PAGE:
“Public school officials are trying to address the best ways to reopen and maintain safe classrooms by mitigating the spread of COVID-19 while also overcoming the ever-present challenge of a lack of capital improvement funding.”

Dominic Cardenas, Senior Account Executive, Southland Energy

 

In addition to the regular challenges encountered each year, public school officials are trying to address the best ways to reopen and maintain safe classrooms by mitigating the spread of COVID-19 while also overcoming the ever-present challenge of a lack of capital improvement funding.

For many districts, aging infrastructure like HVAC and plumbing systems are a constant struggle to maintain, let alone replace, even during normal times. With facilities teams often being underfunded and understaffed, maintenance is typically deferred, which leads to a cycle of operating equipment until failure. This deferred maintenance means that equipment isn’t running optimally as designed, and in the case of HVAC systems, it means they aren’t properly heating, cooling, and —most importantly — ventilating spaces.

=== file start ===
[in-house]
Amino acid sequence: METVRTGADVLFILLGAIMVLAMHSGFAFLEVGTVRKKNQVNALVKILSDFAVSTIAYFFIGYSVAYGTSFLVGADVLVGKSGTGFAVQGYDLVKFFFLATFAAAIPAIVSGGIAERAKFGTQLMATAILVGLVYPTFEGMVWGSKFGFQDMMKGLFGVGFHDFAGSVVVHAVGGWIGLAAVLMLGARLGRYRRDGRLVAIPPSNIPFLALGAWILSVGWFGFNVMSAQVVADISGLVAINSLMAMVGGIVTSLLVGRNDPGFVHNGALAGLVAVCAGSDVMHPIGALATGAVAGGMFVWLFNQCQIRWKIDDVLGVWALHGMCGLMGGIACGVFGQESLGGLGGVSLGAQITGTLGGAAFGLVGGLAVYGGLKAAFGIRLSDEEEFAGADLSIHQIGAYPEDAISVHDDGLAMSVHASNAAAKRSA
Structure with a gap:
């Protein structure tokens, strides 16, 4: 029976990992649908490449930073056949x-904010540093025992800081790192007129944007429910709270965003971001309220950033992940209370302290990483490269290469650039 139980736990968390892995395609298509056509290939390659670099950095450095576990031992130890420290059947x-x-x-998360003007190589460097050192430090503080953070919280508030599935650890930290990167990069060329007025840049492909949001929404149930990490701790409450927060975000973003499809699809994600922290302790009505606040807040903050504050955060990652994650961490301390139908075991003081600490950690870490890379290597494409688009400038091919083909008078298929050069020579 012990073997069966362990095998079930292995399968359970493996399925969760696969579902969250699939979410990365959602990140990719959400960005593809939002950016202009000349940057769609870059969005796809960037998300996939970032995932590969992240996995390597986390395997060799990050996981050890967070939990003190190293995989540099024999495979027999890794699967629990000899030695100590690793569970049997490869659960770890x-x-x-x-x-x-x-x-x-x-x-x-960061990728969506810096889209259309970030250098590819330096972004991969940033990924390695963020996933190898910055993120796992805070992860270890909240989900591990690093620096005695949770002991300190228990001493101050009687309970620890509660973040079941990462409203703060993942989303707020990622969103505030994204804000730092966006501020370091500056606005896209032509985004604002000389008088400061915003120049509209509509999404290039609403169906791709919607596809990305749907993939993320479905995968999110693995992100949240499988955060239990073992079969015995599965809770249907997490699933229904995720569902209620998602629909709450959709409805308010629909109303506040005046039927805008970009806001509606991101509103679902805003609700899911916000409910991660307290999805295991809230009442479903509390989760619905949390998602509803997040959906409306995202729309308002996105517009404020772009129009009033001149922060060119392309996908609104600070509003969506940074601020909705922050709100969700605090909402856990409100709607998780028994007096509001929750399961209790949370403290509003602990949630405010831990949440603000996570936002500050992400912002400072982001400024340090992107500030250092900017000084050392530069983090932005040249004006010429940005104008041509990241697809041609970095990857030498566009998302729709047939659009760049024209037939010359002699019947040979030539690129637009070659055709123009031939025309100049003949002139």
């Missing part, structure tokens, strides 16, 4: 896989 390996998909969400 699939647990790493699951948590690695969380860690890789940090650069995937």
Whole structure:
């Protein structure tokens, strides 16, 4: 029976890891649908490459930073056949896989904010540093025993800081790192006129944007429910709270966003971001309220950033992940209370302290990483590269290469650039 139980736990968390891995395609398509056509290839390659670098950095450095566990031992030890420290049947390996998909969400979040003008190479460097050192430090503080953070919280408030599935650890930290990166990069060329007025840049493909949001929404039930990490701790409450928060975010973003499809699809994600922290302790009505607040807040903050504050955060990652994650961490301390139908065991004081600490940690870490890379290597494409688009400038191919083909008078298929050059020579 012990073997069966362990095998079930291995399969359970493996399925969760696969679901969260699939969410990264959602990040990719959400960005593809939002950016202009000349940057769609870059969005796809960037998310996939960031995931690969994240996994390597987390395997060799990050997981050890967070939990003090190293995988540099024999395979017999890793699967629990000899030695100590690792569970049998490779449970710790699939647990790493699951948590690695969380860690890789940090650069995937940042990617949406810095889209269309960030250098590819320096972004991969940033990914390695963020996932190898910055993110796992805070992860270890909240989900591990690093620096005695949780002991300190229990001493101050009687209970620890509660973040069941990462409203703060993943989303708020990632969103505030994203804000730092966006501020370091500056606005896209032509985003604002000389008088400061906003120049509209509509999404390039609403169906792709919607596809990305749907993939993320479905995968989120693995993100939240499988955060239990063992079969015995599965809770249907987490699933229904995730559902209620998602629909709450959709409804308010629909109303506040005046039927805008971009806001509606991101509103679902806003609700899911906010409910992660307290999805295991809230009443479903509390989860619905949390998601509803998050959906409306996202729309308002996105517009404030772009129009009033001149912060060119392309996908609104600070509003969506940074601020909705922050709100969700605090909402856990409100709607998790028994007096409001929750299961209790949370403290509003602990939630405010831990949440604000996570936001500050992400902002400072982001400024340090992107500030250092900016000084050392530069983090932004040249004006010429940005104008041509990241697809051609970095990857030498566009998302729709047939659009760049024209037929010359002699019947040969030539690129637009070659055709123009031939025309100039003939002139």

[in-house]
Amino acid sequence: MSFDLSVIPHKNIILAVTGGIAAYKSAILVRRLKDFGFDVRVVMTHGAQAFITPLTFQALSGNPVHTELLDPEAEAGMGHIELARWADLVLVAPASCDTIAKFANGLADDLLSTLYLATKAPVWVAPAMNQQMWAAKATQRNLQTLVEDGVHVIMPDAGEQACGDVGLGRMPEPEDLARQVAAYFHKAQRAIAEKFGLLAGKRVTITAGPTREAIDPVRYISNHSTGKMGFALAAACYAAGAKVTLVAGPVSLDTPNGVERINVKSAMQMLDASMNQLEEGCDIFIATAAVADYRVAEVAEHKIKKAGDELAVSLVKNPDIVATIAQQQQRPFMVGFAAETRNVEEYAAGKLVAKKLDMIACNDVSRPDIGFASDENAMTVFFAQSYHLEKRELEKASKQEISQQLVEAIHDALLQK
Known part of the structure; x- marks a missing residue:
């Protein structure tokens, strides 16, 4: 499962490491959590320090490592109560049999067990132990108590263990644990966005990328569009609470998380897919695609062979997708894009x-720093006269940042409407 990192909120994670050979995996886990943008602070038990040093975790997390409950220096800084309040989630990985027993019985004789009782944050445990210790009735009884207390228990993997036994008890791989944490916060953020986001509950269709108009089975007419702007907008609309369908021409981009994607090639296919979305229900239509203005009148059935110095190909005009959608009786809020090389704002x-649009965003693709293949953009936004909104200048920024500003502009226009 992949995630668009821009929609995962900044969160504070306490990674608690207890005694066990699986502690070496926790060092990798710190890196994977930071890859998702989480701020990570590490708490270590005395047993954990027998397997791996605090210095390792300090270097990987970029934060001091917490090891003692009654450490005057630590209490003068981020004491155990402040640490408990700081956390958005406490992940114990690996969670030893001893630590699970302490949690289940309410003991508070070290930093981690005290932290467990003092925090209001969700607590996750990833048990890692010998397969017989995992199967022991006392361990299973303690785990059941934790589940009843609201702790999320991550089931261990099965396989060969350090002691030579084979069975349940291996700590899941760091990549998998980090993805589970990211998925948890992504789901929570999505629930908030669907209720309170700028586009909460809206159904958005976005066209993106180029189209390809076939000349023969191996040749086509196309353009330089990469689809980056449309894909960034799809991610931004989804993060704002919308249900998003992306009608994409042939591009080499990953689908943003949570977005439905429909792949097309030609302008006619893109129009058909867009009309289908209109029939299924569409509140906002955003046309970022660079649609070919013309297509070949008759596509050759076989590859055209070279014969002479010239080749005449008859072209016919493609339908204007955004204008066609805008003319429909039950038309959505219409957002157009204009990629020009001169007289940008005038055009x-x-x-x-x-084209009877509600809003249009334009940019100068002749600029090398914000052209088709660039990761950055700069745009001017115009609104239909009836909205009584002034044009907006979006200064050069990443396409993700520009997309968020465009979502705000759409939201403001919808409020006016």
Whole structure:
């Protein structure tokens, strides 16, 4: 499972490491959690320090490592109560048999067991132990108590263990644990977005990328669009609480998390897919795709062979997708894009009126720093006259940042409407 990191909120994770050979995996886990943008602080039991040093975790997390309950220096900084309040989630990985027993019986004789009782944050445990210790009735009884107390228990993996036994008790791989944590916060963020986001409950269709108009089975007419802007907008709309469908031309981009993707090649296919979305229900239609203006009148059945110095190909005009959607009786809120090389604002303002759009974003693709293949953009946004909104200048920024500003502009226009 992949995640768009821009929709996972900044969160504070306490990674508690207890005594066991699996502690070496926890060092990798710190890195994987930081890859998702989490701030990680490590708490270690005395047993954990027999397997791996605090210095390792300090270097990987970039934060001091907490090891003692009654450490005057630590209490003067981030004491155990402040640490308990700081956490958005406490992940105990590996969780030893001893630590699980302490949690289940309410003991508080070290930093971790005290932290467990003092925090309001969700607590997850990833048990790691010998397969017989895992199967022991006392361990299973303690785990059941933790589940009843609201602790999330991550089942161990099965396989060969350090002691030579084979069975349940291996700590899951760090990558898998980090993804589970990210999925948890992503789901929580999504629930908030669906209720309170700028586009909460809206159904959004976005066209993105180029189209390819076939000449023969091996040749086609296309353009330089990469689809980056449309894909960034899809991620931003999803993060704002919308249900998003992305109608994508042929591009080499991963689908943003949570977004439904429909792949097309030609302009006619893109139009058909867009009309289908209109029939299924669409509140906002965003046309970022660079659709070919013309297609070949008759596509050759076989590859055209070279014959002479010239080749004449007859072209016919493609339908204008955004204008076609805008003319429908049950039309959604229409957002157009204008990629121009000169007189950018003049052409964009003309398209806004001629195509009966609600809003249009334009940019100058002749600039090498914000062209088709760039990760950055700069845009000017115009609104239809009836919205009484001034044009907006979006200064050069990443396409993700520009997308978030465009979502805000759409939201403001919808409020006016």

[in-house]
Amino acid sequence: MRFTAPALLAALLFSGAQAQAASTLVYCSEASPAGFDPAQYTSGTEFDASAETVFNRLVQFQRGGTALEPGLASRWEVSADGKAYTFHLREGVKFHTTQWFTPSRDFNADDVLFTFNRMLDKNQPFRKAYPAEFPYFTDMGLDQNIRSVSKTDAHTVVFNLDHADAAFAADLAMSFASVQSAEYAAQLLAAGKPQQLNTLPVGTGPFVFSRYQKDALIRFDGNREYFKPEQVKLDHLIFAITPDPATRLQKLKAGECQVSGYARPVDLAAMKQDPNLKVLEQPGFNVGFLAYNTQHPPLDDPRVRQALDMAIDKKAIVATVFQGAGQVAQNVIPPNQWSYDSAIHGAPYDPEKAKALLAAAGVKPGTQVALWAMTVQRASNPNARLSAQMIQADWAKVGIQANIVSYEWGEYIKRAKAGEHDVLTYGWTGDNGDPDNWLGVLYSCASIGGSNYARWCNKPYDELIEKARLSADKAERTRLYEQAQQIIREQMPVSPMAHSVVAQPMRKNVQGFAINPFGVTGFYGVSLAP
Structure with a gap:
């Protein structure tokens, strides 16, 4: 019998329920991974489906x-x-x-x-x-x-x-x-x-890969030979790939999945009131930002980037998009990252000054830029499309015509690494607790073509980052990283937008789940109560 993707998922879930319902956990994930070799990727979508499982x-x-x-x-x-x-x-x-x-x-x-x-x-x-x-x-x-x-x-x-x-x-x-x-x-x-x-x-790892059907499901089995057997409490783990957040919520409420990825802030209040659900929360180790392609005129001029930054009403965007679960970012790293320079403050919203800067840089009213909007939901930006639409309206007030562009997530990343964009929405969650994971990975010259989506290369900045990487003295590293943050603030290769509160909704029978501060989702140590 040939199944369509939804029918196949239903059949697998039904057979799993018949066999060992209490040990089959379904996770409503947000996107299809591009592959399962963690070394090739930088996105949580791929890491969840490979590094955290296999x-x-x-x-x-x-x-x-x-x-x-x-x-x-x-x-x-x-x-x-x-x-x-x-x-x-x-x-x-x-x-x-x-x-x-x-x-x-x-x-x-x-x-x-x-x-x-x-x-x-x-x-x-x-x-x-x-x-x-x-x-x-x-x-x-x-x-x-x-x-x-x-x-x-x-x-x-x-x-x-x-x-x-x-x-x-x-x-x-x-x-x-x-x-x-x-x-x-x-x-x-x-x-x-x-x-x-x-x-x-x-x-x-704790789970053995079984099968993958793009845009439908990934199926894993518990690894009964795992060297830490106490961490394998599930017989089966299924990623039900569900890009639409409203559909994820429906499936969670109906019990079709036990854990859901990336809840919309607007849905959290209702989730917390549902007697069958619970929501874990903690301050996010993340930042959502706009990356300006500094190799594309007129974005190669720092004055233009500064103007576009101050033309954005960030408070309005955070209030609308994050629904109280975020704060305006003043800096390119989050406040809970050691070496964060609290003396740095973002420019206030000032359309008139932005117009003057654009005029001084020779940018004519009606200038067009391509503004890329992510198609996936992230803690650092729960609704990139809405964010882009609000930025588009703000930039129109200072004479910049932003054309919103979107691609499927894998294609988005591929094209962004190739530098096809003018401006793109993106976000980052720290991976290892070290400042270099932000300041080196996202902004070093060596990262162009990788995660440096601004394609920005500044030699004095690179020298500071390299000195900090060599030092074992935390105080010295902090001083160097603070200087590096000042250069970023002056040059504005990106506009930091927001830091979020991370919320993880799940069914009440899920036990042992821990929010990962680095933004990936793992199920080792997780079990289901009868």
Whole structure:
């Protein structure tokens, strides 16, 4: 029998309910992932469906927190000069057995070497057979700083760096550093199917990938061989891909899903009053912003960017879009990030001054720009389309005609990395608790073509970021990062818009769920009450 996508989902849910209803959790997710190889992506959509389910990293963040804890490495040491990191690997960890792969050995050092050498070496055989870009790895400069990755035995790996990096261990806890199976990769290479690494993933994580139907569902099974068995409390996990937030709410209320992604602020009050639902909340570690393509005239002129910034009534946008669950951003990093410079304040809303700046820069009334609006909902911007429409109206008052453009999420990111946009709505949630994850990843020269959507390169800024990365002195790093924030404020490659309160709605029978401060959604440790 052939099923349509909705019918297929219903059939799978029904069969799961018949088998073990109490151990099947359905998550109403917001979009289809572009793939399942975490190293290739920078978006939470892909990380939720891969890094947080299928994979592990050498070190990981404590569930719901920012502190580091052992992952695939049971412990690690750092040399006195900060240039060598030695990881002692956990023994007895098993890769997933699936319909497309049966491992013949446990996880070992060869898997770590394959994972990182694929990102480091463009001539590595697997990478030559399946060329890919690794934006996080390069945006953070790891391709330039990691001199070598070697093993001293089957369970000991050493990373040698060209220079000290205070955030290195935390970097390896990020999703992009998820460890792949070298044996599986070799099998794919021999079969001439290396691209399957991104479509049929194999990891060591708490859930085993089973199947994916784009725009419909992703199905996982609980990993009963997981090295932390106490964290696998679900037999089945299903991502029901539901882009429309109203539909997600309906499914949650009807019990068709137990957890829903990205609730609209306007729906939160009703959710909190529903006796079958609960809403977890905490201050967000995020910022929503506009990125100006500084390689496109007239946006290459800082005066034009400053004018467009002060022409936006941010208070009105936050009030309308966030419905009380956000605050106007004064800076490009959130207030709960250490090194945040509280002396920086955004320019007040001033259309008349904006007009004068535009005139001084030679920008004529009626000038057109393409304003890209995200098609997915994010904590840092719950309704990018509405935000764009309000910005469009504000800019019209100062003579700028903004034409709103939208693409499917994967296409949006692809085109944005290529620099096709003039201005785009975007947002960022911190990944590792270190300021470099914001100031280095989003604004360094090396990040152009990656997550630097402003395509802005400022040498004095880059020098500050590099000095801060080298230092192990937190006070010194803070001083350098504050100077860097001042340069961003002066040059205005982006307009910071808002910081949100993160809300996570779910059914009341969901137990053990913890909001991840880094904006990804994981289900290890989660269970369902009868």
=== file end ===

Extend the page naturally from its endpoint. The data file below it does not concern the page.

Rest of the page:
Improperly functioning HVAC equipment creates a host of issues — and when accounting for a pandemic and a lack of capital improvement funding, the list of problems grows substantially.

In California, public schools have different opportunities to address the challenges above. Particularly, while they are still able to access limited funding through the Prop 39 K–12 program and the Energy Conservation Assistance Act (ECAA) for energy efficiency and generation projects, they still face roadblocks with these programs such as meeting qualifying financial metrics for typical HVAC and plumbing infrastructure projects. These specific infrastructure projects do not have an attractive simple payback, making them a non-starter for a program focused on encouraging retrofits with traditionally quick paybacks like lighting upgrades.

With financial and technical complexities and an increased demand for programs to complete HVAC and plumbing infrastructure projects, California recently amended Assembly Bill 841 to provide new pathways to obtaining funds for these necessary projects.

What Is AB 841?